The other day was a turning point in American history.
There were no banner headlines to mark the occasion. Editorial pages hardly took notice. But a Rubicon has been passed. That moment occurred when President Obama welcomed the Egyptian Muslim Brotherhood into the White House. By rolling out the red carpet Obama legitimized terrorism. The Muslim Brotherhood are a Jew-hating, genocidal-yearning Islamic movement whose platform calls for the imposition of a caliphate ruled by sharia across the globe.
And if you really care about a war on women, look no further than the barbarians of the Muslim Brotherhood.
Obama believes that he can tame the Brotherhood. He is gravely mistaken. The Brotherhood is in the process of taming Obama—not a difficult task—and the West.
This is all so familiar. We have seen it before when the Roman empire succumbed to the barbarian hordes.
How did the barbarians overcome and eventually annihilate the Roman empire? We can predict the future if we examine the past.
Rome was ravaged by intercine wars, runaway inflation, and crushing taxes which decimated the middle class. The depopulation of the empire by dwindling numbers of Roman citizens due to a low birth rate was a major cause of downfall. Romans wanted to have a good time rather than do the hard work of raising children. And finally, the greatest body blow to Rome was, according to historian Eileen Power, the peaceful infiltration of barbarians into Roman society, a gradual process that altered and doomed that empire.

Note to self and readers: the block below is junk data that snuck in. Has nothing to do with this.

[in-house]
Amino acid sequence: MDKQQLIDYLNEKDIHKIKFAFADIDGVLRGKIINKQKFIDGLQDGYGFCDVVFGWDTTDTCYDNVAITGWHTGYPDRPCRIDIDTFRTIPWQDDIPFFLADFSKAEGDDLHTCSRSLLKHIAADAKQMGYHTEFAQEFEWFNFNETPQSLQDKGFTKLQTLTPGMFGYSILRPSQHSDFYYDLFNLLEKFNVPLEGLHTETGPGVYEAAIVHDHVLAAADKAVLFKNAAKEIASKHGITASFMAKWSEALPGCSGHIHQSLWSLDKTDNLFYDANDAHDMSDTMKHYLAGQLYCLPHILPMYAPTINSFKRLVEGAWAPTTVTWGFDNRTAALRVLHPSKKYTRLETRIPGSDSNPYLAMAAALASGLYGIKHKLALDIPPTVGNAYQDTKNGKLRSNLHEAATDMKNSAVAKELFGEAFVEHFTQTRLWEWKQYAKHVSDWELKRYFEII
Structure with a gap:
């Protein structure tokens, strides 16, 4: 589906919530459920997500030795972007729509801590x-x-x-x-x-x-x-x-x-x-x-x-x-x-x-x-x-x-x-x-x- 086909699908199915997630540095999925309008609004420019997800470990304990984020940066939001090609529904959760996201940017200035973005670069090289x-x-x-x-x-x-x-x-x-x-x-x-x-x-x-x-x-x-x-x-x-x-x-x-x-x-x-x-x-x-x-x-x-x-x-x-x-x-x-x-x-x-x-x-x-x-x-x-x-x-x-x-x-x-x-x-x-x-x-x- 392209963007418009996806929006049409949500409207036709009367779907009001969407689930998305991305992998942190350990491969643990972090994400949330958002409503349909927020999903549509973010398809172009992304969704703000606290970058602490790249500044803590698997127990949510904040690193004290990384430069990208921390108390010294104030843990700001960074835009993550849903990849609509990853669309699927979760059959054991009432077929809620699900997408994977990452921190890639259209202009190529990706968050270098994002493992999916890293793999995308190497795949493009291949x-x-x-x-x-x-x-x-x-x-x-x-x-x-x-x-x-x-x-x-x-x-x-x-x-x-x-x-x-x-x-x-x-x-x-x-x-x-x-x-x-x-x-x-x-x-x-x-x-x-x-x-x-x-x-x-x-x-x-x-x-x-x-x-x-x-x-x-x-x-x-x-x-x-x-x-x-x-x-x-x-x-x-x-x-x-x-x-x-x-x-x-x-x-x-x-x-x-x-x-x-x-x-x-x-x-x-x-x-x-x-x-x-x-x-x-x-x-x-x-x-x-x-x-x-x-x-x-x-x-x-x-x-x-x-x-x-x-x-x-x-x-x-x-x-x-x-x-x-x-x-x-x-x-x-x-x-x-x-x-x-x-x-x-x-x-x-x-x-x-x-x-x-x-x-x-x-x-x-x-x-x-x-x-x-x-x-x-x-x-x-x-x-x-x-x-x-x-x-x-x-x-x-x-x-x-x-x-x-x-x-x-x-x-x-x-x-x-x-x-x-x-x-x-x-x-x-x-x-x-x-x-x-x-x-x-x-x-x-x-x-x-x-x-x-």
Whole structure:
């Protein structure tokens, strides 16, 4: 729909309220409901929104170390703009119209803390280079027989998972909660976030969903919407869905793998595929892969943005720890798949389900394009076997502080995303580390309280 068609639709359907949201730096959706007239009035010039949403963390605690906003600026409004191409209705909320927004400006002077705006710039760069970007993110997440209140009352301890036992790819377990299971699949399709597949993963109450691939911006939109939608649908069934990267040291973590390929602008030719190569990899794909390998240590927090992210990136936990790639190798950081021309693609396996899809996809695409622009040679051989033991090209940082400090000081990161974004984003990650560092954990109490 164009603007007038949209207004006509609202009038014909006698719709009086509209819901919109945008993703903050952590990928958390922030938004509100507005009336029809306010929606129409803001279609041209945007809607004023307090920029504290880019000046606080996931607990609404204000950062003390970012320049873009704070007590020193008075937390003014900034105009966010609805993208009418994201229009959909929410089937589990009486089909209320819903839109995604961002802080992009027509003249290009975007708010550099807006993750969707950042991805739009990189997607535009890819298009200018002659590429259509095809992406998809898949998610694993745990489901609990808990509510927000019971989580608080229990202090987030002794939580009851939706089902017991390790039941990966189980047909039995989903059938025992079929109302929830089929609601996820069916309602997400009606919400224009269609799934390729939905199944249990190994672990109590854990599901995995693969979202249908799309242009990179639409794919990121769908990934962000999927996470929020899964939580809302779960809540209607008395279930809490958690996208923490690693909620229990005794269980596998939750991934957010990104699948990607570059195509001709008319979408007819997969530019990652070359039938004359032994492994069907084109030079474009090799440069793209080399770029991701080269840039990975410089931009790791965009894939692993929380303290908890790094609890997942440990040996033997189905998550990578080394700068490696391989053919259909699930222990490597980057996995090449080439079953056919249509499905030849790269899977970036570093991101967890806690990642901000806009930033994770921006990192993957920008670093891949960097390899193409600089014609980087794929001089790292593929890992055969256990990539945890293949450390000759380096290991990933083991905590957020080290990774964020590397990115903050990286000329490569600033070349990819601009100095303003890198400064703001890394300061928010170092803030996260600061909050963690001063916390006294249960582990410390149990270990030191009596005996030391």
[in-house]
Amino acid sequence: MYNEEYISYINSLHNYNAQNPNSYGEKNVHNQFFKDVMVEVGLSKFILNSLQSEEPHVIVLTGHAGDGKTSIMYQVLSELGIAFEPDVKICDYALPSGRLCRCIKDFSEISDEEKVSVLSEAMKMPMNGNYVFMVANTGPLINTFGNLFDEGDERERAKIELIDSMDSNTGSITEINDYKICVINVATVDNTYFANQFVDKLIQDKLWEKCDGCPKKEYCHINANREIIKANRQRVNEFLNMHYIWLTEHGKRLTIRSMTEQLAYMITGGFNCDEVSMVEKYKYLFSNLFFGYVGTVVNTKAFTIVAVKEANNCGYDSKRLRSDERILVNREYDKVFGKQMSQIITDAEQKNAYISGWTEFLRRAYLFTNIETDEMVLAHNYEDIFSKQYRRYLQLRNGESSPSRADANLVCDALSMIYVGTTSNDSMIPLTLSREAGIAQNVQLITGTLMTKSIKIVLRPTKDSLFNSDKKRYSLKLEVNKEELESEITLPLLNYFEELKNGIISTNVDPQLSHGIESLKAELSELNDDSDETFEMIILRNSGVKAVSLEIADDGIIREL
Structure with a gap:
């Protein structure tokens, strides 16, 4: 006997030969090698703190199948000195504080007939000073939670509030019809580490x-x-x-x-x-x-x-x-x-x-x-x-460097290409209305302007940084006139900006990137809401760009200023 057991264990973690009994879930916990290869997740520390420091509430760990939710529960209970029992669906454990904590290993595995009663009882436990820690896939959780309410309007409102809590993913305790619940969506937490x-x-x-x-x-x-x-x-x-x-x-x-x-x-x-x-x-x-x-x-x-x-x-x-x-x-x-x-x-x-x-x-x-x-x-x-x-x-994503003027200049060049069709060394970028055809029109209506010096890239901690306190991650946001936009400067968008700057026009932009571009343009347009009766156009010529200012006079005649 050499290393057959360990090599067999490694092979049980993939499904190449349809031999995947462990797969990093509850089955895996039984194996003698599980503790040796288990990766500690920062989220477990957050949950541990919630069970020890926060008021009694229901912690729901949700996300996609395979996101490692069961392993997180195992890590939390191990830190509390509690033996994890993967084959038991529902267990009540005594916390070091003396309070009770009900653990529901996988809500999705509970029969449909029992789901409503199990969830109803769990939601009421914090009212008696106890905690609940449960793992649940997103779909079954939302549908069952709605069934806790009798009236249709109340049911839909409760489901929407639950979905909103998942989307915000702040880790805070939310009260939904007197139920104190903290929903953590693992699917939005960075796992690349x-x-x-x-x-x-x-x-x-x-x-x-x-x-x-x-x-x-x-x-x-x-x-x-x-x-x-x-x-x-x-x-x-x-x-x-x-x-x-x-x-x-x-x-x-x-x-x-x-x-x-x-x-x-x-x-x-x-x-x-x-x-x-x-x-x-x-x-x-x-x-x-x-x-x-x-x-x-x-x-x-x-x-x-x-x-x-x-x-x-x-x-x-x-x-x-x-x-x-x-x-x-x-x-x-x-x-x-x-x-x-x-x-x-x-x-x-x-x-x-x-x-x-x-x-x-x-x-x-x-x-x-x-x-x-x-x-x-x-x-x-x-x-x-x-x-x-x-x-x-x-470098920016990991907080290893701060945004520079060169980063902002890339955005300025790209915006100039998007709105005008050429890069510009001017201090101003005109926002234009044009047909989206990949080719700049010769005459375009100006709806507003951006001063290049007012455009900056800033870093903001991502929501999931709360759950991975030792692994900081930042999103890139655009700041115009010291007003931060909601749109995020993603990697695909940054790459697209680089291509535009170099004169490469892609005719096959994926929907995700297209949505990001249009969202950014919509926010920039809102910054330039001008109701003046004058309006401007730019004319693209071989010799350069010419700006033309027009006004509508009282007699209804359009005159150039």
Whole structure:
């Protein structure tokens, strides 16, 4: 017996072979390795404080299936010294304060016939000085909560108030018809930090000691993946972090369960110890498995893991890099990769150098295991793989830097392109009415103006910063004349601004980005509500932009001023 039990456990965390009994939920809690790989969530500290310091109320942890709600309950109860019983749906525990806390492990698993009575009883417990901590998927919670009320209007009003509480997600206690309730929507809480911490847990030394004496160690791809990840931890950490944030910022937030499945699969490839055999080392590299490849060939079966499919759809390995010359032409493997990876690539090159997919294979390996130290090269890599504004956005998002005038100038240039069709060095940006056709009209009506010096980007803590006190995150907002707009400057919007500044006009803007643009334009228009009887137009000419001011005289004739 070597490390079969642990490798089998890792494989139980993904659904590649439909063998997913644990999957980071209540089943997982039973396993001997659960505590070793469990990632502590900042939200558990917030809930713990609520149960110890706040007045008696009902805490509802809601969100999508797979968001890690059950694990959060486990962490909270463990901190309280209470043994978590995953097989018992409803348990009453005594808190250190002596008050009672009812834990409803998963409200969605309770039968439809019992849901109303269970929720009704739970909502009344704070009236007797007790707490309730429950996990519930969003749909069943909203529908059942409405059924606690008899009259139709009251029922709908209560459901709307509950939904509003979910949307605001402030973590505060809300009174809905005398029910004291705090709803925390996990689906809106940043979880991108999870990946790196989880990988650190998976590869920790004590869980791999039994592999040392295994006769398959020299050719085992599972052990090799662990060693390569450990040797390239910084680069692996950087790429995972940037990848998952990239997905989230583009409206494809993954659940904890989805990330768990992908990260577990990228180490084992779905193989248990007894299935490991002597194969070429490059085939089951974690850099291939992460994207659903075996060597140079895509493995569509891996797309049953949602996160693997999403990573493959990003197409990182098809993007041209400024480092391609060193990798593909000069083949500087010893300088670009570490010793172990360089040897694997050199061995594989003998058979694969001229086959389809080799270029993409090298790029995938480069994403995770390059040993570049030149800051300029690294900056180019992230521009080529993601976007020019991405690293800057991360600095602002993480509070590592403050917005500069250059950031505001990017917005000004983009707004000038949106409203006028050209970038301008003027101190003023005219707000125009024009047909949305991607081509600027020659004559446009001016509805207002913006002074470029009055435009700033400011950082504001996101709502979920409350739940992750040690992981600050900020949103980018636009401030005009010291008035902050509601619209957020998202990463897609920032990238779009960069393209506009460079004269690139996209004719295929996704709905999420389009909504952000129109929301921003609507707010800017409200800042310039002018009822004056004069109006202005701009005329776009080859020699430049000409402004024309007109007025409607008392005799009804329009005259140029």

Like the Islamization of Europe, and now America—for Obama the Brotherhood are Jeremiah Wright redux—the slow annihilation of civilized society is misunderstood and misinterpreted.
In Medieval People, Ms. Power summarizes how a civilization commits suicide:
All of them were making the same mistake. People thought that Rome could swallow barbarism and absorb it into her life without diluting her own civilization; the people who ran about busily saying that the barbarians were not such bad fellows after all, finding good points in their regime with which to castigate the Romans and crying that except ye become as little barbarians ye shall not attain salvation; the people who did not observe in 476 that one half of the Republica Roamnorum had ceased to exist and nourished themselves on the fiction that the barbarian kings were exercising a power delegated from the Emperor. All these people were deluded by the same error, the belief that Rome (the civilization of their age) was not a mere historical fact with a beginning and an end, but a condition of nature like the air they breathed and the earth they tread Ave Roma immortalis, most magnificent most disastrous of creeds!